The secondaries market has been busy this year, exploding with activity as financial institutions have continued their regulation-driven divestment of illiquid assets, and public pensions have trimmed back the number of manager relationships in their portfolios. Total deal volumes are expected to top $30 billion this year, according to several market sources, well ahead of last year’s total of roughly $20 billion. And activity is likely to remain strong, according to Ian Charles, a partner with secondaries firm Landmark Partners – unless the market is curtailed by a big “macro-event” like a sovereign debt default.
|Jean-Marc Cuvilly, Triago|
Any kind of institution that has thought about selling down their private equity holdings in the past is probably open to offers at the moment. But banks and public pension systems have been the biggest sellers this year. There were several headline-grabbing sales by banks in the first half of 2011, including AXA Private Equity’s $1.7 billion acquisition of a portfolio of assets from Citi in June. The likes of Citi, Bank of America and Barclays have also sold assets on the secondary market over the past year. With financial institutions under pressure to sell down their private equity holdings because of new regulations, including the Dodd-Frank Act in the US and Basel III in Europe, Charles expects this trend to continue into 2012.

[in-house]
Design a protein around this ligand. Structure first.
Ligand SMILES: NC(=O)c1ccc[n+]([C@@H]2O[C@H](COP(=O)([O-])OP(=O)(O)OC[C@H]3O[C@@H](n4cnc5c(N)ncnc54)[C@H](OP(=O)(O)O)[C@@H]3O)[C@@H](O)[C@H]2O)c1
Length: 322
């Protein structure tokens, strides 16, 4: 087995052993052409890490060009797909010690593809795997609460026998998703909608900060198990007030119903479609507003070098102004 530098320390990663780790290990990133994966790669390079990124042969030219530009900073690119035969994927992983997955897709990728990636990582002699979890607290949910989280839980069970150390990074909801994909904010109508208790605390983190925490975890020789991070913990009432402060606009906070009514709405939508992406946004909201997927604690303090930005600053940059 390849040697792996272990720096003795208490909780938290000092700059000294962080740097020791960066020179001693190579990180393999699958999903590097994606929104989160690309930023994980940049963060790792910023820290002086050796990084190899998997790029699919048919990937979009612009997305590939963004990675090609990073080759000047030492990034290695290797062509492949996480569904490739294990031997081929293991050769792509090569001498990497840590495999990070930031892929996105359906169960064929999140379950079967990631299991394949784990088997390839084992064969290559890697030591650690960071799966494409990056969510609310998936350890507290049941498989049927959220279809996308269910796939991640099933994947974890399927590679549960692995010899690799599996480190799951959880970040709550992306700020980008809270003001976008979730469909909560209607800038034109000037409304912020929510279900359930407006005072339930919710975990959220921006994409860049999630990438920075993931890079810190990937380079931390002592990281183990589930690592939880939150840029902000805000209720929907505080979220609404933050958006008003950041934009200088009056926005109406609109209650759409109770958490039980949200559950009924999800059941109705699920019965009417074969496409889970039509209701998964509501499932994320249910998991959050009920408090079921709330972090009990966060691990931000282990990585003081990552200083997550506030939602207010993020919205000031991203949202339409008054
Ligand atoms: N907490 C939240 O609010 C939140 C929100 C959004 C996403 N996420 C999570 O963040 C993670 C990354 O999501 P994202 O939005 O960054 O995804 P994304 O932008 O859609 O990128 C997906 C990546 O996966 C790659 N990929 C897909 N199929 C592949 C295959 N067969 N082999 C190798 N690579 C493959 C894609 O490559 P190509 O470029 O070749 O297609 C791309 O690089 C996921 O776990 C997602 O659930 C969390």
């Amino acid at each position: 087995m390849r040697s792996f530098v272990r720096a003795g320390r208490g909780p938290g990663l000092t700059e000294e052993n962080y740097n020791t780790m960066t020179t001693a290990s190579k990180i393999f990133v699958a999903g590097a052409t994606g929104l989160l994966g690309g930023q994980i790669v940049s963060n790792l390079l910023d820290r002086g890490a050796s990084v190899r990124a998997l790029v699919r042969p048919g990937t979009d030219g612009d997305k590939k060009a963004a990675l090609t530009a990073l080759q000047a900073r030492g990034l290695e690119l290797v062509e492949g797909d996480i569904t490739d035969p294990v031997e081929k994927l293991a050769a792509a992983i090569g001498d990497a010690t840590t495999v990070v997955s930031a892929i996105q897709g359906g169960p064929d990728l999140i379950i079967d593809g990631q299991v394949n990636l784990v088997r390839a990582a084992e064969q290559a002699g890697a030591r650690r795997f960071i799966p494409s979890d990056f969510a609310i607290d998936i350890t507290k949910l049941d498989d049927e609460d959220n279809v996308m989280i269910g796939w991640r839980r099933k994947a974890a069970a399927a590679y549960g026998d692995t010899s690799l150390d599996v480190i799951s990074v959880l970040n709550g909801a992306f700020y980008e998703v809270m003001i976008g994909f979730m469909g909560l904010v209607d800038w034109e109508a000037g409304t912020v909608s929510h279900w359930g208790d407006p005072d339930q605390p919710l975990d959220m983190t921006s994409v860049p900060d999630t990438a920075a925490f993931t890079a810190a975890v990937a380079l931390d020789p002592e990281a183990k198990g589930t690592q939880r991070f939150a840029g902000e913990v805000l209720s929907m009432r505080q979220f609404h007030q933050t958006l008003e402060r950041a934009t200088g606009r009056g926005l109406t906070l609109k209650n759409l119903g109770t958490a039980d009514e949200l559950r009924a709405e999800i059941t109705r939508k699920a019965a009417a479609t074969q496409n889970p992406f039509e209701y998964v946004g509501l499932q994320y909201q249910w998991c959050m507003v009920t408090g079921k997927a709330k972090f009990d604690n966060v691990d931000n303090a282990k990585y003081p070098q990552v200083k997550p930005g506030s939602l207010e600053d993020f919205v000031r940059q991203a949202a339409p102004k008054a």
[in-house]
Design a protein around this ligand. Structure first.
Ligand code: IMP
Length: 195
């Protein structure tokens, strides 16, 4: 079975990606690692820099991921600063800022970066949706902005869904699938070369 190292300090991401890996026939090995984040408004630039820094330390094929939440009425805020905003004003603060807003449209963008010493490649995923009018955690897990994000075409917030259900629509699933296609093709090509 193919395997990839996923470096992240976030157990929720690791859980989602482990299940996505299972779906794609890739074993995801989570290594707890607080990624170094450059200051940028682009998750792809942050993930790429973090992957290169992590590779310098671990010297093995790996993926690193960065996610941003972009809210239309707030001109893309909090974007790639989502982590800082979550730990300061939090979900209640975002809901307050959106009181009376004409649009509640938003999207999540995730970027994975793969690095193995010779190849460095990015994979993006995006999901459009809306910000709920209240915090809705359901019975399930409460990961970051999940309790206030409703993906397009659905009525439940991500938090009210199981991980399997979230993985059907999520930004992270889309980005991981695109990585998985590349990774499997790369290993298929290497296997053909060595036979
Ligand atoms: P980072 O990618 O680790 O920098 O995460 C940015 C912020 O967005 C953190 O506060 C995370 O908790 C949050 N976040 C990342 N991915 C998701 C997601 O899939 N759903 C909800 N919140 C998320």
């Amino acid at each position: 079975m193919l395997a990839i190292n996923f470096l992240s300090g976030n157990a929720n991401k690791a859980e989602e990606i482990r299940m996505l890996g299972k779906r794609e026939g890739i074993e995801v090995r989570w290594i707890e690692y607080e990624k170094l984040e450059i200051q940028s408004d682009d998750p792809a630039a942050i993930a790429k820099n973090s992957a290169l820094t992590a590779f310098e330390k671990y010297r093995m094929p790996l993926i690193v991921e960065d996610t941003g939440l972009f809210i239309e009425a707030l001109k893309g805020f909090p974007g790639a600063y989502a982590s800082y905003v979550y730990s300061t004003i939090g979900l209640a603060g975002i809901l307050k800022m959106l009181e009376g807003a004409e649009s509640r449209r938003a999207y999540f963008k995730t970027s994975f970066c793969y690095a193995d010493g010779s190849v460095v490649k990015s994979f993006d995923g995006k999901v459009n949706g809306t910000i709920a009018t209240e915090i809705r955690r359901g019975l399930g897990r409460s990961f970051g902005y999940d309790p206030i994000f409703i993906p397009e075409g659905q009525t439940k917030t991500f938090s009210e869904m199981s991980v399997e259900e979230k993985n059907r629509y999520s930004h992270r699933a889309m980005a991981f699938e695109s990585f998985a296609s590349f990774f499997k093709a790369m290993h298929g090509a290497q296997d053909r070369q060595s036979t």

Public pensions, on the other hand, are not necessarily under pressure – but are taking advantage of the friendly pricing environment to scale down their private equity portfolios to more manageable levels. Several US public pensions have been or are preparing to be in the market this year, including the California Public Employees’ Retirement System, the Colorado Public Employees’ Retirement System, state pension systems in New Jersey and North Carolina, and the New Mexico State Investment Council.
Pricing certainly favours sellers at the moment: this year, the average high bid for buyout funds was 91.6 percent of net asset value on a dollar-weighted basis, according to Cogent Partners’ first half 2011 pricing report. The average first-round high bid came in at 84.5 percent of NAV, compared to 84.3 percent during the second half of 2010.
To a lesser extent, endowments and foundations are exploring sales too (though they are pickier about pricing, sources say).
“The truth is that right now everybody’s in the market; it’s not really any specific type of institution,” according to Jean-Marc Cuvilly, managing partner with placement firm and secondaries advisor Triago. “Even traditional buyers are also sellers. There are plenty of funds of funds that are selling assets, usually older vintages [while also looking to buy newer ones]”.